Givology Hong Kong's Blog

Interview with Chelsea Hackett on Give Her A Voice

[b]"We call upon our sisters around the world to be brave to embrace the strength within themselves and realize their full potential." -Malala Yousafzai[/b]
Through its [url=]Give Her A Voice[/url] program, Starfish One by One, our grassroots partner in Guatemala, is on pace to building deep wells of resiliency in each Girl Pioneer it supports. We were thrilled to have the chance to talk with Chelsea Hackett, a leader of [url=]Give Her A Voice[/url], and learn more about vocal empowerment and Chelsea's experiences.
[b]What distinguishes [url=]Give Her A Voice[/url] from other projects centered on women’s empowerment?[/b]
[b]Chelsea Hackett:[/b] Beyond what Beth has outlined, I feel that one of the greatest strengths of our project is that it builds on a quality that radiates from every Starfish mentor: Joy. Through workshops that allow for fun and play, everyone is encouraged to stretch their boundaries and see themselves do the unexpected. It begins with making strange noises and playing what appear to be silly games. These games all lead up to theatrical interventions, which ask participants to imagine a new future. The joy of the games prepares participants to think creatively about ways in which they could overcome the obstacles they face everyday, and to take the leap of rehearsing those solutions in a safe space. The hope is not to directly apply those solutions the next day, but rather to continue to foster an environment where the perception of what is comfortable is constantly expanding. Through the laughter, joy, and fun that the project encourages, the girls are able to see new sides of each other and themselves.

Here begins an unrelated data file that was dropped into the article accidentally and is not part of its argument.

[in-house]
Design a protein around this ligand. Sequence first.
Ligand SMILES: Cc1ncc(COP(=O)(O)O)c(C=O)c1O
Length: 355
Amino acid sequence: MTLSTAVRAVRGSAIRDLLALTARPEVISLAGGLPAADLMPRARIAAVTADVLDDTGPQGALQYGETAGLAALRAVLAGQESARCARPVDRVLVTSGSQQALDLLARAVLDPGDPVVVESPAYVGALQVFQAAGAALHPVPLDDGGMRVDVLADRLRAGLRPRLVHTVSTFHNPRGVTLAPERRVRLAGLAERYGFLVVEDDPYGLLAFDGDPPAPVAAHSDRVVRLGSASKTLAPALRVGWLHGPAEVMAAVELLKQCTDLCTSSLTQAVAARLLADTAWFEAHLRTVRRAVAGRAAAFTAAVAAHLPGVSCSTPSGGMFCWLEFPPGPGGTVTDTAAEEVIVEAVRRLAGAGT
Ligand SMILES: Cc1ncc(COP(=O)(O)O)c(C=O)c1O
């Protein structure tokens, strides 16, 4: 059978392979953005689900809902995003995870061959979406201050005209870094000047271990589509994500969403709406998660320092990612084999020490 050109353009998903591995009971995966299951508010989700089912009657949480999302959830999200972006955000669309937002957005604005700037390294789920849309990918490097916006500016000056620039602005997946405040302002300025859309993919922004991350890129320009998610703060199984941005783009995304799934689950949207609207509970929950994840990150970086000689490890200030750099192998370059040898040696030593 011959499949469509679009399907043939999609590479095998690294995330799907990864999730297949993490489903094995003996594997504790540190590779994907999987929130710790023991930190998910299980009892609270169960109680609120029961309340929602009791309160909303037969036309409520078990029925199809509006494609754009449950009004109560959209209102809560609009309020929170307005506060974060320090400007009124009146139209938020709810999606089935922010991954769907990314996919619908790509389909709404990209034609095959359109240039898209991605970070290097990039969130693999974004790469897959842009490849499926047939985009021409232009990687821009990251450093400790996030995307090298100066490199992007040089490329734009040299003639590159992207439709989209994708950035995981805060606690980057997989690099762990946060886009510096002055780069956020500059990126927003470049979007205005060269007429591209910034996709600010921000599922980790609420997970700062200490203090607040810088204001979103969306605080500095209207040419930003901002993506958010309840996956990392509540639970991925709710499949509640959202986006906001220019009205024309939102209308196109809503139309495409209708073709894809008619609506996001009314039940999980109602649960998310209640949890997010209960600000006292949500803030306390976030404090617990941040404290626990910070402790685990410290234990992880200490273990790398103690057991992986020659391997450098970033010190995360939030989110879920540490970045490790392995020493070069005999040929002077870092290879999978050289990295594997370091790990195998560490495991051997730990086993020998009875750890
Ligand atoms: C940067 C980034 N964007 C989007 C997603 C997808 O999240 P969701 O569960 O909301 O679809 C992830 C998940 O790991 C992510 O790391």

[b]How did you determine the focus of the [url=]Give Her A Voice[/url] curriculum?[/b]
[b]Chelsea Hackett:[/b] Theatre is dialogue, so any program based in theatre and hoping to utilize its power has to also be Dialogical. We have maintained a constant dialogue with the starfish administration, mentors, and girls about the efficacious of the program. While Beth and I bring our own expertise as theatre practitioners, we respect and honor the fact that Starfish and the girls are the experts when it comes to their needs. We bring down curriculum that draws from a long history of theatre training methods and applied theater programs, including Theatre of the Oppressed, vocal warm ups, and Playbuilding methods. However, the program is adaptive to whatever happens when we are in the room. Like all improvisation, it works because of the preparation, and flexibility.
[b]What would a typical vocal empowerment workshop entail?[/b]